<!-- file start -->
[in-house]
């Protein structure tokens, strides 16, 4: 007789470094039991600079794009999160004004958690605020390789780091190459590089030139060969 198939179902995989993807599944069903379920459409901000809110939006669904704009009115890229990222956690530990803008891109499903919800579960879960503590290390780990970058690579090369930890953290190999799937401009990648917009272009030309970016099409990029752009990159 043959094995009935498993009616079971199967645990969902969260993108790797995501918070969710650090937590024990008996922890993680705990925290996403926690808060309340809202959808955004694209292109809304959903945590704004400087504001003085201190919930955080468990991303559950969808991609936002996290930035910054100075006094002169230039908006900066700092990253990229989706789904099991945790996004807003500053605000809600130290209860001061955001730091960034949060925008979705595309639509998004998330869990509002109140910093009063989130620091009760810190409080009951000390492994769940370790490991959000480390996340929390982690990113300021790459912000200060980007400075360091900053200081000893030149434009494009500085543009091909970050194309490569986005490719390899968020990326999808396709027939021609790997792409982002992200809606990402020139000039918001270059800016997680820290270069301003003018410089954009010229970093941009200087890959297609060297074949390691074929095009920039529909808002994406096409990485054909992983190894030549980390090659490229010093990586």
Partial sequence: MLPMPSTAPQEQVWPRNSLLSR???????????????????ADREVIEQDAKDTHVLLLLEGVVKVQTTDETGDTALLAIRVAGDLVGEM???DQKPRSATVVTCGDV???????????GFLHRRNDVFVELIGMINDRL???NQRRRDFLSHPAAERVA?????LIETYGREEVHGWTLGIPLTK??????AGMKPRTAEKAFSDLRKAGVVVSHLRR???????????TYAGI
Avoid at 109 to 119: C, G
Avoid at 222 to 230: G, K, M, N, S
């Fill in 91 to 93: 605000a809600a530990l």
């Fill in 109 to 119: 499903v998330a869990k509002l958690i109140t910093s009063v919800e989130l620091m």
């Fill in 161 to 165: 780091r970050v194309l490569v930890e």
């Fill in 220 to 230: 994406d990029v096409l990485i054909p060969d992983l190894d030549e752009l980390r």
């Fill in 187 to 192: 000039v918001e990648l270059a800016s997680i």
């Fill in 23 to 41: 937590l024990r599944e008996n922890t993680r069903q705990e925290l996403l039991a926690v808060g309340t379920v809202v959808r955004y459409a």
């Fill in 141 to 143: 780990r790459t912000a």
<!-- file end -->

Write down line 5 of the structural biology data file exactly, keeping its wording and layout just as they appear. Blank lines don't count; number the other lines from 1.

Avoid at 222 to 230: G, K, M, N, S